I found a book!
I got this book a few years ago at RMWF after helping work at the Horse Country Magazine booth. I never really looked at it until today, when I was feeling inspired to do more than just hack around. Flipping through I found a lot of exercises, starting with just poles on the ground, to grid work, to more challenging things such as introducing bank jumps and fixing common problems (running out included). So, I picked an exercise and set off across the yard to set up my jumps and poles and then headed out to get my horse who was loving all the grass outside, but not loving the bugs.
Willard is still the outsider here at home. The other three horses we have keep him atleast 10 feet away from them in the big pasture. They must be jealous of his mad skills. Or just scared of how big he is. Both?
Anyway, back to the point. The exercise I picked for today’s ride was “The Partially Elevated Trot Grid”. A very simple exercise consisting of four trot poles, each one elevated on one side. I started out with just basic trot poles, and actually didn’t get around to the exercise until 40 minutes into the ride as I had to get Will’s focus back on me and not on how high his head to get in the air looking for the other horses. My refocusing strategy today was very blunt. Since all Will wanted to do was prance around like a fool and over collect his neck, I decided that if he wanted to show off his energy I was going to use up some energy. So, we did laps. This gave me a great chance to work on my two point and keeping my upper body back and leg steady as we galloped for a good 15-20 minutes. After a few laps each way, I began asking him to do small collected canter circles on the short ends, and lengthen again on the long sides. Then I did serpentines with flying changes up and down the ring, then did some canter-halt-canter transitions, and then, when Will was finally ready to break to a trot, I did some more lengthen and shortening work around the whole ring. After this extensive refocusing/energy ridding warm up, he was much more compliant to what I wanted to do and much less worried about where his “friends” were.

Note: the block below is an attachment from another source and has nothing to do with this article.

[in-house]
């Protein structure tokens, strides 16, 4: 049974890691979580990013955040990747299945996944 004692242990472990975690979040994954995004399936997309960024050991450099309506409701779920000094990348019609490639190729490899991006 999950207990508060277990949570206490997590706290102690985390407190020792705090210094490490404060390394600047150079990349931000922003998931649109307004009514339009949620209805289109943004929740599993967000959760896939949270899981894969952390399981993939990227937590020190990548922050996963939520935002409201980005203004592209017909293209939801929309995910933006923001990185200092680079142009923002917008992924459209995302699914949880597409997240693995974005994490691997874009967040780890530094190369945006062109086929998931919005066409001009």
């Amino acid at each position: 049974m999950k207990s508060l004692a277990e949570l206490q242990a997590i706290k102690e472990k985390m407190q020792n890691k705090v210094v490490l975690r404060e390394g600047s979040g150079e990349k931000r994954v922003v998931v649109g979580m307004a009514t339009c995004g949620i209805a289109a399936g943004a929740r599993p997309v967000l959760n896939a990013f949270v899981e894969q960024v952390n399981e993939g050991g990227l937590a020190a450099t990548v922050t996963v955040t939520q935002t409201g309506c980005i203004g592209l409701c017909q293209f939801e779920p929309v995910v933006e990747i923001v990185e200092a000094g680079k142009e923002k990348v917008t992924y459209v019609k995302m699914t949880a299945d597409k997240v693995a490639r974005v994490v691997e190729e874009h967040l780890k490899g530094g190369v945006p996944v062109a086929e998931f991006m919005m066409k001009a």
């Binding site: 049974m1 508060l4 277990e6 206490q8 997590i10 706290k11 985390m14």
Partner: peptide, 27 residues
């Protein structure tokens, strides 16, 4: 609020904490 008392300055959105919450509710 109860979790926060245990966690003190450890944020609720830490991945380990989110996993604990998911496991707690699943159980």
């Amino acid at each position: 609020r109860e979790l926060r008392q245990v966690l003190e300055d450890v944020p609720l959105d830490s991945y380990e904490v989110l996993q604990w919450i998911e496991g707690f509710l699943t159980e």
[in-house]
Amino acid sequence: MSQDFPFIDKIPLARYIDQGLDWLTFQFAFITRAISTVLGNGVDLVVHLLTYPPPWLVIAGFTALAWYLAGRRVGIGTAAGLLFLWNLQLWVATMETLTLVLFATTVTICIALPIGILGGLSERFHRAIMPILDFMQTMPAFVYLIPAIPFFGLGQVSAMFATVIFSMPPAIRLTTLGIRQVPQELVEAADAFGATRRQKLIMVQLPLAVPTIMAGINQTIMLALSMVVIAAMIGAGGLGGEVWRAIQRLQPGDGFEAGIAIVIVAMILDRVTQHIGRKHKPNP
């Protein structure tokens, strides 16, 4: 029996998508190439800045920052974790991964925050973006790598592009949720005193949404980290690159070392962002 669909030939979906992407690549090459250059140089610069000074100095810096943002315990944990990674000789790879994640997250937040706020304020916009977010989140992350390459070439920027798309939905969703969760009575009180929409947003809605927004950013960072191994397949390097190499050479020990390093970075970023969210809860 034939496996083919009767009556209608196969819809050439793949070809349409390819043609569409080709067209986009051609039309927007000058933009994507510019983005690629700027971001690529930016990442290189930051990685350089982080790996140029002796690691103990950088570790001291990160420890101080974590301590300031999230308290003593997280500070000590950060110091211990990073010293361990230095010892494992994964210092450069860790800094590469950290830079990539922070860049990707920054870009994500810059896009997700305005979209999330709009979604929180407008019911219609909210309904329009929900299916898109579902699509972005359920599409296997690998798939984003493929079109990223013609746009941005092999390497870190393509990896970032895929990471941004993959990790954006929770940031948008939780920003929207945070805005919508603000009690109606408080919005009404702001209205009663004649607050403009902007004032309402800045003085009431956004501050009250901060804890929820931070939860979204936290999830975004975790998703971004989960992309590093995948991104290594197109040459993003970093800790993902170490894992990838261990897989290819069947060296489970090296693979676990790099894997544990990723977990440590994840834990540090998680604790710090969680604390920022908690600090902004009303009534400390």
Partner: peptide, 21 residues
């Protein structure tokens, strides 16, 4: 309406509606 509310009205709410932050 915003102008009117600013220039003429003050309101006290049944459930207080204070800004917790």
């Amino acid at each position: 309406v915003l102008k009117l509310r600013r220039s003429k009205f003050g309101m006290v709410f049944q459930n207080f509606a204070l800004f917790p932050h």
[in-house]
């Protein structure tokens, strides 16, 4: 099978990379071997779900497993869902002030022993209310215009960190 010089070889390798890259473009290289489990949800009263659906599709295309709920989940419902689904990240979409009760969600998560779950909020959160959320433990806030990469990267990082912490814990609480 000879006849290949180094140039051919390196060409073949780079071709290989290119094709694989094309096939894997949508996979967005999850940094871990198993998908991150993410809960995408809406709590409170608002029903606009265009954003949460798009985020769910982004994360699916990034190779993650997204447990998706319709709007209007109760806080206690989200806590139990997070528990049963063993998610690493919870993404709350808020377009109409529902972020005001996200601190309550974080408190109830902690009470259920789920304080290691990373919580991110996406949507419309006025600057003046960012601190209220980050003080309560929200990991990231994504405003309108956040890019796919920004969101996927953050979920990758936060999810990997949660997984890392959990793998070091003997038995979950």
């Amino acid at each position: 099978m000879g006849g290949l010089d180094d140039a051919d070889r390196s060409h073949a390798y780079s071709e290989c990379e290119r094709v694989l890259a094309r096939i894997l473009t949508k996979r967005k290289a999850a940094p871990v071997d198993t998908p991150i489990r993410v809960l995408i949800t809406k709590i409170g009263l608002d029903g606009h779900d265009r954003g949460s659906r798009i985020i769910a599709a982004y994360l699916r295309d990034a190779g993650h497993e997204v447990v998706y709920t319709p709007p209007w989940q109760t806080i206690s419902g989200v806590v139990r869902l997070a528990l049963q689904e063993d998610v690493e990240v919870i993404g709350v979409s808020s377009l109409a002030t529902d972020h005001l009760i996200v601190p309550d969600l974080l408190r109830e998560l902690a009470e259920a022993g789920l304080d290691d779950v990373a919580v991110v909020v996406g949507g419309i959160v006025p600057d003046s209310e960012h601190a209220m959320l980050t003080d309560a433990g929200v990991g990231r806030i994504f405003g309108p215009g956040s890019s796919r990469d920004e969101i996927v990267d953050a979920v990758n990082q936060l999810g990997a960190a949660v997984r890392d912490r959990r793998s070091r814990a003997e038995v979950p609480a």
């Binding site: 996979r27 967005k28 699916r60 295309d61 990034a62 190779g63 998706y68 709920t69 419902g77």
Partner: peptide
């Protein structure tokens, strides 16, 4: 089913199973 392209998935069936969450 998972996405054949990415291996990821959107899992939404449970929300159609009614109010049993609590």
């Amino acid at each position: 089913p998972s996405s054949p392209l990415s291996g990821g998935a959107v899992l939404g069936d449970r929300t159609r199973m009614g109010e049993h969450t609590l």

This is the point where I started working the exercise. The benefits of this exercise are, that by raising the alternate ends of the poles, a definite straight line to ride straight through the centre of the grid is defined. This allows you to concentrate and establish your calmness, balance, and rhythm before moving on to other exercise. It also gives your horse a chance (if they meet the first elevated pole on an off-stride) to figure out how to adjust their step to stop over the poles cleanly.
The first few times I went over the grid, Will banged his way through, slightly surprised at the newly raised poles. But, after a few times through (going away from the gate) he was stepping neatly over each pole. Then I switched directions and started coming home. This changed the scenario a bit. Will was now refocusing on where the other ponies were and not really seeing the grid ahead of him. So, after a few times of him rushing through and not paying attention, I added in tight turns, or stops, or walk transitions, to get him concentrating on mea gain. Horses are sometimes like boys (ages 8-19) who have a gameboy in their hands. You have to do something dramatic to get their attention. Throw a loop into their plans every once in a while.
I used the grid as part of a circle, getting Will to bend around my leg and coming to the centre of the pole off the curve of the circle. This got him listening in no time, and I was able to end with him in a gorgeous frame and calmly chewing the bit and licking his lips. Finally. I got through to him.